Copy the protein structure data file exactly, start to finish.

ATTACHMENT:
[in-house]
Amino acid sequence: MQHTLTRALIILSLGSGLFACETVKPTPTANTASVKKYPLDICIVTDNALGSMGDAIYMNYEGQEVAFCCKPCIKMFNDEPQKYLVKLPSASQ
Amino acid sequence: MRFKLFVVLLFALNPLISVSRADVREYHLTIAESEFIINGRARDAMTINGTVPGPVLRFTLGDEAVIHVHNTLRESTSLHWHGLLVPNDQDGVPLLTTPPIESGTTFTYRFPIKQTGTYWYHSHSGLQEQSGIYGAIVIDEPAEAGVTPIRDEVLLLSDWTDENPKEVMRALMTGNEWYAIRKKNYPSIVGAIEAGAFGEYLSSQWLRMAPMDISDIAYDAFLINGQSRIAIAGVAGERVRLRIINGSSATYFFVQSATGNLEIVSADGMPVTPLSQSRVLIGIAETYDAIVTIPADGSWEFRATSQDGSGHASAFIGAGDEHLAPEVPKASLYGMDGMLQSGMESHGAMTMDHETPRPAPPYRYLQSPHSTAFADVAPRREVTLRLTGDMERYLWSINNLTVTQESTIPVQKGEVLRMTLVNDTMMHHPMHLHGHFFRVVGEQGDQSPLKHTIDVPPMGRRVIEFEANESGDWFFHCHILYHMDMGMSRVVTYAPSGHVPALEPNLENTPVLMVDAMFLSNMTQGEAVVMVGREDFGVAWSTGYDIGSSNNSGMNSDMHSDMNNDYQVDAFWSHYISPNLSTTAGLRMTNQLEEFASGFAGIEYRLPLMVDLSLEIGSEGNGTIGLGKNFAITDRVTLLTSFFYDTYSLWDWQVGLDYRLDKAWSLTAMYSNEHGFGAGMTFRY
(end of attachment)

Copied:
[in-house]
Amino acid sequence: MQHTLTRALIILSLGSGLFACETVKPTPTANTASVKKYPLDICIVTDNALGSMGDAIYMNYEGQEVAFCCKPCIKMFNDEPQKYLVKLPSASQ
Amino acid sequence: MRFKLFVVLLFALNPLISVSRADVREYHLTIAESEFIINGRARDAMTINGTVPGPVLRFTLGDEAVIHVHNTLRESTSLHWHGLLVPNDQDGVPLLTTPPIESGTTFTYRFPIKQTGTYWYHSHSGLQEQSGIYGAIVIDEPAEAGVTPIRDEVLLLSDWTDENPKEVMRALMTGNEWYAIRKKNYPSIVGAIEAGAFGEYLSSQWLRMAPMDISDIAYDAFLINGQSRIAIAGVAGERVRLRIINGSSATYFFVQSATGNLEIVSADGMPVTPLSQSRVLIGIAETYDAIVTIPADGSWEFRATSQDGSGHASAFIGAGDEHLAPEVPKASLYGMDGMLQSGMESHGAMTMDHETPRPAPPYRYLQSPHSTAFADVAPRREVTLRLTGDMERYLWSINNLTVTQESTIPVQKGEVLRMTLVNDTMMHHPMHLHGHFFRVVGEQGDQSPLKHTIDVPPMGRRVIEFEANESGDWFFHCHILYHMDMGMSRVVTYAPSGHVPALEPNLENTPVLMVDAMFLSNMTQGEAVVMVGREDFGVAWSTGYDIGSSNNSGMNSDMHSDMNNDYQVDAFWSHYISPNLSTTAGLRMTNQLEEFASGFAGIEYRLPLMVDLSLEIGSEGNGTIGLGKNFAITDRVTLLTSFFYDTYSLWDWQVGLDYRLDKAWSLTAMYSNEHGFGAGMTFRY